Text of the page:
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Cyla Daniels awake during her craniotomy at St. Michael's Hospital.Patrick Dell/The Globe and Mail

Go inside the operating room with Cyla Daniels in the multimedia version of this story.

Cyla Daniels remembers her first seizure well.

It was March, 2011 and she was 19. She and a friend were lying on a bed watching a movie, when a sudden stabbing pain pierced her below the right armpit. The pain faded to a tingle; her face felt numb and droopy.

"It felt like I was getting shocked, like I'd stuck my finger in a socket," Daniels, now 23, recalls.

More than three years later, Daniels would have a brain tumour removed by an international medical team that had joined forces at Toronto's St. Michael's Hospital.

The team helped refine an anesthesia protocol that allows doctors to safely perform the longest craniotomies on awake patients ever recorded in the medical literature, including in high-risk cases such as the old, the obese and those afflicted with tough-to-extract brain tumours.

They are also test-driving a tablet for neurological testing that is safe to use inside an MRI machine and on the operating table while patients are awake.

Taken together, these are small but significant advances, the kind that often happen quietly in hospitals and labs across Canada. But such advances are momentous to individual patients like Cyla Daniels. She let The Globe and Mail photograph and film her as she underwent an awake brain surgery, providing a snapshot of a remarkable procedure whose outcome was far from certain.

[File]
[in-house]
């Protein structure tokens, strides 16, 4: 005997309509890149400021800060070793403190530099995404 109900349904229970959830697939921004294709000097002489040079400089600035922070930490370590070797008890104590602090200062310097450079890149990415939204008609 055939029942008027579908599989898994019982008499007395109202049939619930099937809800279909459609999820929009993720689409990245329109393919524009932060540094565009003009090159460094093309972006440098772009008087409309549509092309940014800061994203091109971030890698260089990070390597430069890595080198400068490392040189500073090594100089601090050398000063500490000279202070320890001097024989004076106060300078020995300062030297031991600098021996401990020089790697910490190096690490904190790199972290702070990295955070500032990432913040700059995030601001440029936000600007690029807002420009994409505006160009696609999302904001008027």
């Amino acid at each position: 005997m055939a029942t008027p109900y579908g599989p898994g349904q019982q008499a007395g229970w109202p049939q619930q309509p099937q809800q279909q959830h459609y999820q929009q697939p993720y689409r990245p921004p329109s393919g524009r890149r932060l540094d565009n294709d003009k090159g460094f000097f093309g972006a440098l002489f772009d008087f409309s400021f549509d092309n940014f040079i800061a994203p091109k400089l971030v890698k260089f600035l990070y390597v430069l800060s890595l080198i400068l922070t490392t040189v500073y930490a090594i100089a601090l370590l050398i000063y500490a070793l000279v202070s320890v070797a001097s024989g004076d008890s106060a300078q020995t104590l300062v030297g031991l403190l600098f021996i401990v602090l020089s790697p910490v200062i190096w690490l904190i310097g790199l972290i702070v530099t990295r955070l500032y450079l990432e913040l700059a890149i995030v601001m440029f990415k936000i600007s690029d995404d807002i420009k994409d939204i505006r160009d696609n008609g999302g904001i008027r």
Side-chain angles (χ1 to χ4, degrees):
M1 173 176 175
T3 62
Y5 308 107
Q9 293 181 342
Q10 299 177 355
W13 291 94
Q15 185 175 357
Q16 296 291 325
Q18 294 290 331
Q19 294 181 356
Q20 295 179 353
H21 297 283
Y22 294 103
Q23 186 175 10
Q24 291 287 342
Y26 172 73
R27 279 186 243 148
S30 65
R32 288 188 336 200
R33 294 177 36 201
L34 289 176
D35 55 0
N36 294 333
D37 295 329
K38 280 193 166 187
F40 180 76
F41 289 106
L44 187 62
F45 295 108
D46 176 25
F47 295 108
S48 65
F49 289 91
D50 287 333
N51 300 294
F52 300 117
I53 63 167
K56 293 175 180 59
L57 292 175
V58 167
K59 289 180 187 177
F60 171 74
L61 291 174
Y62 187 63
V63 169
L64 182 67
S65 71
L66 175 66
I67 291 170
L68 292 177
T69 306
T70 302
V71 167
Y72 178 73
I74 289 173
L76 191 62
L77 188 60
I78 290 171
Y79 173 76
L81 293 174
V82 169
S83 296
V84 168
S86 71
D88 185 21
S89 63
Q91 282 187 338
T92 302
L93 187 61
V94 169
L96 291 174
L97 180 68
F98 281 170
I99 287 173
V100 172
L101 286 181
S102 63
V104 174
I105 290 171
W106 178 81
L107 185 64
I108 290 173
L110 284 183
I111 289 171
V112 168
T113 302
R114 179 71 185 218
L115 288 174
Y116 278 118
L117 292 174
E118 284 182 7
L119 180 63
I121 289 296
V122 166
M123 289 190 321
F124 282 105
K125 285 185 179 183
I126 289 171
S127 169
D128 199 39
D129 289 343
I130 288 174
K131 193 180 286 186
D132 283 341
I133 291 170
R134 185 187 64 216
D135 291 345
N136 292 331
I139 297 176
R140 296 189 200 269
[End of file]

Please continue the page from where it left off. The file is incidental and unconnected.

At first, the petite brunette (whose name is pronounced Ky-la) was not terribly fussed about her debut seizure. She seemed in superb health, ably juggling her part-time job at a fish and chips restaurant with her final year of high school in Oshawa, Ont. She was preparing to begin an advanced law-clerk program that fall, with an eye to applying for law school.

But the seizures kept coming. Sometimes Daniels suffered two or three episodes a day, each usually lasting about five minutes and leaving her feeling temporarily numb and weak on the right side.

In July, 2011, an MRI scan revealed something disturbing: A small white-matter lesion deep inside the left half of her brain.

Daniels went to St. Michael's Hospital to see if Dr. Sunit Das could make sense of the discovery. It was small and lodged in the part of her brain critical for speaking, reading and writing; he advised her to keep a close eye on the tumour with an MRI scan every three months.

Her parents, Clinton Daniels and his ex-wife, Nelly Daniels, could only wait and watch.

Daniels, meanwhile, breezed through her law-clerk program, moved into her own tidy basement apartment on a cul-de-sac, became a supervisor at Tim Hortons, met her boyfriend, Patrick Ellis, and welcomed her first niece. The seizures dogged her, but she managed.

Then one morning in May of this year, Daniels couldn't manage any longer. She was two hours into her shift at Tim Hortons and she had already suffered six or seven seizures.